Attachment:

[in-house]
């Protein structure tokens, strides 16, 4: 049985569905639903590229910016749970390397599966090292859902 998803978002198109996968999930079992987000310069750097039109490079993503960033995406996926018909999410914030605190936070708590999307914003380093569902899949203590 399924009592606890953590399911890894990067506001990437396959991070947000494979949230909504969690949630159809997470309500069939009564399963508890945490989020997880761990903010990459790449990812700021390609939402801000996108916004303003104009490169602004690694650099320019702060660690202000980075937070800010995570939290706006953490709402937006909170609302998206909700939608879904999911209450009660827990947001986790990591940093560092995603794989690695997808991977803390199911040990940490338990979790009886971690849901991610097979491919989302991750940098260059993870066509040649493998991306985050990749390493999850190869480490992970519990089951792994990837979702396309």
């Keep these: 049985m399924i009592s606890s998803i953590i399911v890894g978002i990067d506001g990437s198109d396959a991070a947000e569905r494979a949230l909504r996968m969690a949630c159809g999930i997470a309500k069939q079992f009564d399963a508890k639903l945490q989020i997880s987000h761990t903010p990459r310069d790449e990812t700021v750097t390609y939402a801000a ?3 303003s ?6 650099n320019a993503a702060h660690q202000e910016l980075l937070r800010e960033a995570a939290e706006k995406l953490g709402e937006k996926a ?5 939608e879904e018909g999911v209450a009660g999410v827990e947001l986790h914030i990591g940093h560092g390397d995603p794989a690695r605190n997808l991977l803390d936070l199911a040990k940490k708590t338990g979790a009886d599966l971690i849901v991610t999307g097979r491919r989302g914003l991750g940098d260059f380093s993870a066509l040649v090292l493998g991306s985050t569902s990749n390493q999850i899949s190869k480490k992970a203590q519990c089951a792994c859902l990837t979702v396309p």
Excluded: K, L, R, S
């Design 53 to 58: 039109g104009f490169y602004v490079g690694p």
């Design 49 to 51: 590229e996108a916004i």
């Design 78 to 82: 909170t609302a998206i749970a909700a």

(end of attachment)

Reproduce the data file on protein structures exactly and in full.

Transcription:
[in-house]
């Protein structure tokens, strides 16, 4: 049985569905639903590229910016749970390397599966090292859902 998803978002198109996968999930079992987000310069750097039109490079993503960033995406996926018909999410914030605190936070708590999307914003380093569902899949203590 399924009592606890953590399911890894990067506001990437396959991070947000494979949230909504969690949630159809997470309500069939009564399963508890945490989020997880761990903010990459790449990812700021390609939402801000996108916004303003104009490169602004690694650099320019702060660690202000980075937070800010995570939290706006953490709402937006909170609302998206909700939608879904999911209450009660827990947001986790990591940093560092995603794989690695997808991977803390199911040990940490338990979790009886971690849901991610097979491919989302991750940098260059993870066509040649493998991306985050990749390493999850190869480490992970519990089951792994990837979702396309």
């Keep these: 049985m399924i009592s606890s998803i953590i399911v890894g978002i990067d506001g990437s198109d396959a991070a947000e569905r494979a949230l909504r996968m969690a949630c159809g999930i997470a309500k069939q079992f009564d399963a508890k639903l945490q989020i997880s987000h761990t903010p990459r310069d790449e990812t700021v750097t390609y939402a801000a ?3 303003s ?6 650099n320019a993503a702060h660690q202000e910016l980075l937070r800010e960033a995570a939290e706006k995406l953490g709402e937006k996926a ?5 939608e879904e018909g999911v209450a009660g999410v827990e947001l986790h914030i990591g940093h560092g390397d995603p794989a690695r605190n997808l991977l803390d936070l199911a040990k940490k708590t338990g979790a009886d599966l971690i849901v991610t999307g097979r491919r989302g914003l991750g940098d260059f380093s993870a066509l040649v090292l493998g991306s985050t569902s990749n390493q999850i899949s190869k480490k992970a203590q519990c089951a792994c859902l990837t979702v396309p």
Excluded: K, L, R, S
């Design 53 to 58: 039109g104009f490169y602004v490079g690694p």
């Design 49 to 51: 590229e996108a916004i």
């Design 78 to 82: 909170t609302a998206i749970a909700a």